Point Lobos

Point Lobos

Big Sur 
View from my deck


Thursday, August 14, 2014

Lost in America: VERMONT

I thought I’d treat readers today to a virtual trip to my favorite state, Vermont. These are all photos I’ve taken myself on my property called “Woodland Lodge.”

And no, I’m not so crazy pompous as to give my property a name. It came with one and it definitely fits.

So put on your hiking boots and grab your favorite walking stick.

Mutant Vermont grasshopper on a day lily

Mountain view out great room window - summer

Driveway view - summer

Great room view - early fall

Great room view - winter

Mountain MAN view - winter (Gosh, I love a Carhartt jacket on a man!)

Great room view at dawn - winter

The Lodge - totally reconstructed by The Husband and his lovely assistant

Great room view - winter

My favorite indoor writing spot

My favorite mode of transportation in VT

First moose sighting... until the dog barked

Great room view at dawn - summer

Log cabin that we have no idea what to do with
The woods - winter

My dad, me, and my mom having some silly autumn shadow fun

Hope you enjoyed this peek into my favorite state! If you've never been, I highly recommend. And be sure to grab some pure Vermont maple syrup while you're there.

For more adventures in Vermont, try my book Firefly Mountain or my series, The Maple Leaf Series.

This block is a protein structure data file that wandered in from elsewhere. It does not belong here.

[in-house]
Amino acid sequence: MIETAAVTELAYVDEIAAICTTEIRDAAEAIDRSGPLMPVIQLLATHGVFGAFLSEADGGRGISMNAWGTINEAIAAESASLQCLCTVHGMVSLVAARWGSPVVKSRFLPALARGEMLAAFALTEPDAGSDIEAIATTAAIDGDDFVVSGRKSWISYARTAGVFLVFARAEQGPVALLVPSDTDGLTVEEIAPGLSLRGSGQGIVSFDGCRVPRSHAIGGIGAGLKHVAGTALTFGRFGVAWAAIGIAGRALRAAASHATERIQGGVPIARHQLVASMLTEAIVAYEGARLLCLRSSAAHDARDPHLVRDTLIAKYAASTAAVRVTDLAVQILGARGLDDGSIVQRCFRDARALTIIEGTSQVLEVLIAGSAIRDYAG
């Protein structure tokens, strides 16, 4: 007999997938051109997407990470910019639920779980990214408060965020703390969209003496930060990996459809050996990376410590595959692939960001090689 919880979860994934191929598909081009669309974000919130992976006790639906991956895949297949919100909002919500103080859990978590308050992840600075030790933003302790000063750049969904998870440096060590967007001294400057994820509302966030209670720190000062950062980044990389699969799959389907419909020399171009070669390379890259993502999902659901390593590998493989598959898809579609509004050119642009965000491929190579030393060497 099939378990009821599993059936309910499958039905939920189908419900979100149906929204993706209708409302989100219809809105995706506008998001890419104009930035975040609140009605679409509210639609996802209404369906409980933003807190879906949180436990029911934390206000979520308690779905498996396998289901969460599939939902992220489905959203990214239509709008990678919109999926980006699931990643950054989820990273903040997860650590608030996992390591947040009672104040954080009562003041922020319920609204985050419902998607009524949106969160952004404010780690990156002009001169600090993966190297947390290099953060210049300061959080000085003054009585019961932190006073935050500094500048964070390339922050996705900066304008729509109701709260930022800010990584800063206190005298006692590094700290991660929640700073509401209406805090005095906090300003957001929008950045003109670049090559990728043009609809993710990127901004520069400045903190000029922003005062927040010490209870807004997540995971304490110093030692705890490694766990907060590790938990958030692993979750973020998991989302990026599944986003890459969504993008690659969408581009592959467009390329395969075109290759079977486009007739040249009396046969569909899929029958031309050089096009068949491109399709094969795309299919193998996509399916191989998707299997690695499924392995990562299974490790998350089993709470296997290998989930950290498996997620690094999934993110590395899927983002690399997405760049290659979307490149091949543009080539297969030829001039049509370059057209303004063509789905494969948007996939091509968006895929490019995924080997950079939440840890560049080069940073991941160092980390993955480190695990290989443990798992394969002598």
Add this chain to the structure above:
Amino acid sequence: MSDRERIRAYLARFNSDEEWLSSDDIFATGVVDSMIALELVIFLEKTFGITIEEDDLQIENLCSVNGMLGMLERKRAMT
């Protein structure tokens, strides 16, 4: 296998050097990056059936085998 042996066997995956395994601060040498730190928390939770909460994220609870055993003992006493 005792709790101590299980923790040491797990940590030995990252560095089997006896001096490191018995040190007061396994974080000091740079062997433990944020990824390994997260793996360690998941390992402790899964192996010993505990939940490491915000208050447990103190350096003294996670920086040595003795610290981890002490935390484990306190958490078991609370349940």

Wednesday, August 13, 2014

Ah, James Dean

I don't know if I've ever seen Rebel all the way through, but Lord knows, I've seen enough clips of it on the 100 Best Yada Yada lists.

Let's not talk about the movie. Let's talk about James Dean. Regardless of whether you think he's sexy/cool/hot or not, there's that Star factor. He had, Steve McQueen had it, and a few others had it. I'm not sure if we have Stars today the same way we had Back in the Day. I think we (the public) know too much about our stars and that's colored the way we perceive them. Look, I still like a good Harrison Ford movie, but his Star factor plummeted for me when he took up with what's-her-name and left his wife.

That kind of story might have been hushed up thirty years ago. Of course, it works the other way, too. Sometimes I'll find out things about a star and think, "that guy has more character than I thought he had." Doesn't happen often, but it does sometimes.

I know that when I write my heroes, I always think of actors whom I think are not only handsome in some way, but have character. I imagine that actor in the role and think, "What would he do? How would he look?" My current project has a Hugh Jackman guy in the lead role and he's going through a ton of changes through 9 books (yes, you read that right. 9 books). I'm having fun looking up "old Hugh", "young Hugh", "bald Hugh", etc.

So let's hear it for the stars (past and present). They make our current writing projects a lot more fun.